Saturday, July 11, 2015

Once Again: Graffiti, Is it Art?

As often as not that question is asked in a context where the implied answer is, “no, it’s vandalism”. While that IS and important issue, and one that DOES interest me, that’s not what I’m thinking about now.

I’m thinking more about a version of the question that implies that ART has some essence, so identifiable mark, that proclaims it to be art. In that version, one proceeds by explaining what that essence is and how you identify it. This is a difficult question and, in fact, some aestheticians and critics have simply given up on it. There seem to be so many very different things that people call (legitimately) art that it’s too difficult specify what it is.

I’m sympathetic to that problem, so sympathetic that I’m not going to attempt to identify an essence and then pin it, or not, on graffiti.

I’ve got something else in mind: variety. Variety in style, variety in quality.

One post I did in connection with Green Villain’s recent Pep Boys project, Some Styles in the Demolition Exhibition, identified four different styles. Describing the differences is tricky, but seeing them is not. How many distinctly different styles were on display in that project, as I made no attempt at a complete survey in that post? Ten, twenty, but certainly not 50 – there were only about 100 artists involved. And of course we didn’t even come close to sampling the whole space of graffiti.

If you examined that whole space, how many different styles would you find? I might well be able to find 100 in the work I’ve photographed in Jersey City, and that’s just one relatively small region. World-wide would it be 1000, less, more? I don’t know. Are those significant numbers? What’s the comparison? I don’t know.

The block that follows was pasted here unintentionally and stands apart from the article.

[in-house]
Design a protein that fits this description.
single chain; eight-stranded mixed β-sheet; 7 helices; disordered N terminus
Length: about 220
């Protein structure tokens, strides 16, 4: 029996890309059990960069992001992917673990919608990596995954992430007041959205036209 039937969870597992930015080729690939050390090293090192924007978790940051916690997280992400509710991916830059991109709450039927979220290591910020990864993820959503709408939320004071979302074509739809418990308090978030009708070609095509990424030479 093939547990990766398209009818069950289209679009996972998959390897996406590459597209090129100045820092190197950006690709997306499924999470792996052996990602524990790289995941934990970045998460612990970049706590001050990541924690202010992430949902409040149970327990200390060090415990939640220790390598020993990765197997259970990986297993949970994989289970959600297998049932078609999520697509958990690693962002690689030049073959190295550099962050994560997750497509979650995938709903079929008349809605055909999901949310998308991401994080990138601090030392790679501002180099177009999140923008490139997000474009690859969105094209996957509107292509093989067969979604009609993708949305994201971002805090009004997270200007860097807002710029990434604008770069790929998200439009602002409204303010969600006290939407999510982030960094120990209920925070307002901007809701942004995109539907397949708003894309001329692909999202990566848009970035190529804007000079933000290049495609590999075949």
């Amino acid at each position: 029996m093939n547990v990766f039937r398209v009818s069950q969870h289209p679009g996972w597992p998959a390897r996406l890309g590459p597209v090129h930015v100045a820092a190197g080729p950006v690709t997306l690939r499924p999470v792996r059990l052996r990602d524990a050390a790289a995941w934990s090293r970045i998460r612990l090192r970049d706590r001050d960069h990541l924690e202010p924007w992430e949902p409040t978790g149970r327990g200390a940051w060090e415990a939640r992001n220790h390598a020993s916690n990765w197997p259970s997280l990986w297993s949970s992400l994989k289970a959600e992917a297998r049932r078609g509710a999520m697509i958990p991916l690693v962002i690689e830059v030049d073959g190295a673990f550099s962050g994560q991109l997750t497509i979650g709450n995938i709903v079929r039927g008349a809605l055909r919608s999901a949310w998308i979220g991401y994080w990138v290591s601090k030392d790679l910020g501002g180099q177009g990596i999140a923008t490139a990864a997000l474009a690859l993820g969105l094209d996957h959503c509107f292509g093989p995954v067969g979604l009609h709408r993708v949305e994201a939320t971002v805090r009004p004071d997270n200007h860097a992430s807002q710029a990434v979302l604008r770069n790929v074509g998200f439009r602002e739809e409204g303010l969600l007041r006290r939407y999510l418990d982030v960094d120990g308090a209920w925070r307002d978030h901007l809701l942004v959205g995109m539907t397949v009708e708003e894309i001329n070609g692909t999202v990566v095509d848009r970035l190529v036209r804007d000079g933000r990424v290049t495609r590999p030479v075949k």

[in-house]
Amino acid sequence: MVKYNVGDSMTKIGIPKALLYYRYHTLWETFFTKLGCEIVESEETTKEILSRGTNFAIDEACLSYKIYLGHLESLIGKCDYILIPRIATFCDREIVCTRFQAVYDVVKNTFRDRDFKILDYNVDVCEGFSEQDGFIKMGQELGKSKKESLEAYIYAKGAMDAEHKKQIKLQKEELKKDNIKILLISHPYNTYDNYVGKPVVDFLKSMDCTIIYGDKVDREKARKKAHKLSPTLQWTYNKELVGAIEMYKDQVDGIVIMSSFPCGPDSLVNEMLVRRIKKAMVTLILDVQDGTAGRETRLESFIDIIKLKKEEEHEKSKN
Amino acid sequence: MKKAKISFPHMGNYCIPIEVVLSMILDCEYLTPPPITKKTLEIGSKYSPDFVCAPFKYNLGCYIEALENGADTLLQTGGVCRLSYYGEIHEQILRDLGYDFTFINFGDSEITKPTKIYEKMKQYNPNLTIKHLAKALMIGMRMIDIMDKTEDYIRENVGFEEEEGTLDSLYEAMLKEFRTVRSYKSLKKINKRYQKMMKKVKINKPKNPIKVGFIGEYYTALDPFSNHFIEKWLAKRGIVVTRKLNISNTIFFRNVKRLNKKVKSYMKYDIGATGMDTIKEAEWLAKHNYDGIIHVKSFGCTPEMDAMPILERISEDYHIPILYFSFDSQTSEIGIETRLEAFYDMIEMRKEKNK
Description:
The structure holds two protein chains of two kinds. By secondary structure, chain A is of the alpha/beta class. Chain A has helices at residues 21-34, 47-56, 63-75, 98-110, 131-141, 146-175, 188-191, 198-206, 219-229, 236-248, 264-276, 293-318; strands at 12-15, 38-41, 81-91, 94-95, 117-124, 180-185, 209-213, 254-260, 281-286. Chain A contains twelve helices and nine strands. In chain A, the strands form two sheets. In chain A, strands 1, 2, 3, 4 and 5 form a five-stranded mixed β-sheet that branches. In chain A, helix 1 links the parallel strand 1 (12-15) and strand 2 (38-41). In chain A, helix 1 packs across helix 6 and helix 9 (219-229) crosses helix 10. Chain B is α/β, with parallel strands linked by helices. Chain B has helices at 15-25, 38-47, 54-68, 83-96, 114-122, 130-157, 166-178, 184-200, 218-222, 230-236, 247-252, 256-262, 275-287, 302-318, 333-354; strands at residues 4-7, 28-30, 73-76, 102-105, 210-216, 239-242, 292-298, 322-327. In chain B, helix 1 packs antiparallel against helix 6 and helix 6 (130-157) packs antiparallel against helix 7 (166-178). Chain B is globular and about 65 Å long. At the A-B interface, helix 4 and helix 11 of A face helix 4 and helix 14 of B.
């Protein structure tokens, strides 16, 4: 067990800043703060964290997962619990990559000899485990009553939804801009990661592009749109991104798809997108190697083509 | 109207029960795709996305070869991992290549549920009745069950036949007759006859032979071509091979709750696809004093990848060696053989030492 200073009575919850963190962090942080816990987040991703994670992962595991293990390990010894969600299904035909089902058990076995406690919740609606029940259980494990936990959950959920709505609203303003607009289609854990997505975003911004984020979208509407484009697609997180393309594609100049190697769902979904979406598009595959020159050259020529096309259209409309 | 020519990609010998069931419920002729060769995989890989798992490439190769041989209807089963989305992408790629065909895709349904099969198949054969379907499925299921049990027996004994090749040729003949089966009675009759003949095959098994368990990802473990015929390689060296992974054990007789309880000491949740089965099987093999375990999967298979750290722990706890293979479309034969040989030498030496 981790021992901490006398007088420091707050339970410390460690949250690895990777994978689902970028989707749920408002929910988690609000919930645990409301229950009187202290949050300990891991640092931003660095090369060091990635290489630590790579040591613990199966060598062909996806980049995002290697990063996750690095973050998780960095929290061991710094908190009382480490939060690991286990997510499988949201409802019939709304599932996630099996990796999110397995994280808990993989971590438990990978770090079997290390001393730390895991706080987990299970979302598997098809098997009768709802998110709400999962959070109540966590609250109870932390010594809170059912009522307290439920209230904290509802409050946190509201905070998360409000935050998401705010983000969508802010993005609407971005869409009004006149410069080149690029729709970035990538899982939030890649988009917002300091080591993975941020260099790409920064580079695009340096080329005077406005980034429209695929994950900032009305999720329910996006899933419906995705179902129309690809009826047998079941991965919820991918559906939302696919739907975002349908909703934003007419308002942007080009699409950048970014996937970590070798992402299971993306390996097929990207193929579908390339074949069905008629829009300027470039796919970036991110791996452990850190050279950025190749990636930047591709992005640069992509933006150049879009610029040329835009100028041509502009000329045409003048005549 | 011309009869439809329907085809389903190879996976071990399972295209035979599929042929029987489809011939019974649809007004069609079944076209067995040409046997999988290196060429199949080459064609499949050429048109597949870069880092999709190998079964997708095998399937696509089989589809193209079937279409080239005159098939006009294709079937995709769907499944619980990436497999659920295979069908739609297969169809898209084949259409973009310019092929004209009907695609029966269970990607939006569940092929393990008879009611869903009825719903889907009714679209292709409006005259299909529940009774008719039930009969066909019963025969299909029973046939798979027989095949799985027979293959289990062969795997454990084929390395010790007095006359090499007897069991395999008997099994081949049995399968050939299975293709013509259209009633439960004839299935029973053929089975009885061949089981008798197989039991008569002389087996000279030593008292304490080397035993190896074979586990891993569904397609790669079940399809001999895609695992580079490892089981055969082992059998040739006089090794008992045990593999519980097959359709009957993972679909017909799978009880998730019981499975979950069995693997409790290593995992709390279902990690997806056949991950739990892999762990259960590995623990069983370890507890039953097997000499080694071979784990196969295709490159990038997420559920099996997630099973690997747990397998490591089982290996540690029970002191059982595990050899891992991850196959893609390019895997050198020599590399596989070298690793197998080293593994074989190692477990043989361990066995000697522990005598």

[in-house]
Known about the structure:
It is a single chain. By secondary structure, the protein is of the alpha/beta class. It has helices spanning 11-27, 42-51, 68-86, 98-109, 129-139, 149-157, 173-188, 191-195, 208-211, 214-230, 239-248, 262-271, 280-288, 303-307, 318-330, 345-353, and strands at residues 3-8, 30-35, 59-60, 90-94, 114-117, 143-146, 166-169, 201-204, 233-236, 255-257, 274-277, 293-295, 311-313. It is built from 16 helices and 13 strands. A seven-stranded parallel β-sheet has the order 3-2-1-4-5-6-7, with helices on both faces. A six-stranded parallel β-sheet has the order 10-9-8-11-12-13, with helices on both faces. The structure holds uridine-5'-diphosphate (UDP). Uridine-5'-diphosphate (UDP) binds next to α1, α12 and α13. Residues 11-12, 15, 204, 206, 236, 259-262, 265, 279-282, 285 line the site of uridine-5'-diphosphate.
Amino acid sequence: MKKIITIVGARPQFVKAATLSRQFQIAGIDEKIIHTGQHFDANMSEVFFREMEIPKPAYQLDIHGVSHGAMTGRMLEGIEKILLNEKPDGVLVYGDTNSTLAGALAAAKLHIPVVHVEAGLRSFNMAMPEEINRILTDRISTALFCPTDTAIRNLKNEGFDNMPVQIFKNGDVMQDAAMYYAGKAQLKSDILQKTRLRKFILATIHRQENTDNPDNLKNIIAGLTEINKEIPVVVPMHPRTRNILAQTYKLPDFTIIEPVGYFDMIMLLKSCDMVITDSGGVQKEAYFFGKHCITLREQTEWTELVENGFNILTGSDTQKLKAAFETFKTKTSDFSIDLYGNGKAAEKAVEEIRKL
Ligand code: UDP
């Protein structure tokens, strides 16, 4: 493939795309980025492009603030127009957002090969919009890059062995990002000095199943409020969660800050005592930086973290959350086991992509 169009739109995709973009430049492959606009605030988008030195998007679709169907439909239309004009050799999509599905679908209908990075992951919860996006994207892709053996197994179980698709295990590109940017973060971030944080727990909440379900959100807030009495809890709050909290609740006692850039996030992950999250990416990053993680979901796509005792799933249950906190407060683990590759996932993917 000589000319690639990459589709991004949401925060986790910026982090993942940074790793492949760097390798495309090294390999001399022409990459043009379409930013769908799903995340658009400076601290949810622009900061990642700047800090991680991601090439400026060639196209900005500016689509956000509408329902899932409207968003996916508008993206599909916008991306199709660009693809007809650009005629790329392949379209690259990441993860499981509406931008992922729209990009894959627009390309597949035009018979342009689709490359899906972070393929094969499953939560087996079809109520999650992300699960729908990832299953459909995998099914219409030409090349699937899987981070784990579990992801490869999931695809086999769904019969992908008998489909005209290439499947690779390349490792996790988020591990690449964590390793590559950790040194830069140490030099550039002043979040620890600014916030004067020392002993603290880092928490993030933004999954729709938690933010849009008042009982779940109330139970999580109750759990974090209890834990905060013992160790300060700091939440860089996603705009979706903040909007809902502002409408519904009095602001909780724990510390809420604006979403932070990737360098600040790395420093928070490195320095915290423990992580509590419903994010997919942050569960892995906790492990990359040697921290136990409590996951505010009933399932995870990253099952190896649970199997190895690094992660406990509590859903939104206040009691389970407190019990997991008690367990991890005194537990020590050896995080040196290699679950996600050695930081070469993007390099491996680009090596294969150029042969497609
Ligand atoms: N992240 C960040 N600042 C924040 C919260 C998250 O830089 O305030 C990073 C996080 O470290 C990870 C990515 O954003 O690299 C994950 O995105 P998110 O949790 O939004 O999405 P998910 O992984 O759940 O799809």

My point is simply that there is significant stylistic variety. We’re not dealing with a hodge-podge of more or less opportunistic and unschooled variety. There’s systematic variety, driven in part by the competitive need to differentiate yourself from others and, in part, by a desire for visual exploration.

Whatever it is that people mean by “art”, surely it implies systematic variety. We can identify that without having to identify a recognizable essence of art.

And we can do the same with respect to quality. Off hand I’d say that the Demolition Exhibition had three, maybe four, ‘quantum’ levels of quality. Buy that I mean that all the pieces within the same level are of roughly the same quality and all are better than those in the level below and not so good as those in the level above. Would others recognize the same levels? I don’t really know, but I’d like to find out. I think there’s a good chance that knowledgeable observers would – and I stress “knowledgeable.”

If you aren’t familiar with graffiti, you can’t really see what’s there in any deep way. It’s just a bunch of complex lines and patterns, or not so complex, depending. You can’t discriminate among styles or levels of excellence.

Off hand, without thinking about it, I’d say there are at least two quantum levels of quality below what’s in the Demolition Exhibition and one, maybe two, levels above. That’s five, maybe six, quantum levels of quality. How significant is that? I don’t know.

How many different quality levels are on display in The Metropolitan Museum of Art in NYC? And, in each genre on display there, how many levels below museum quality? Again, I don’t know. But that’s the kind of question you need to ask if you want to know: Is it Art?

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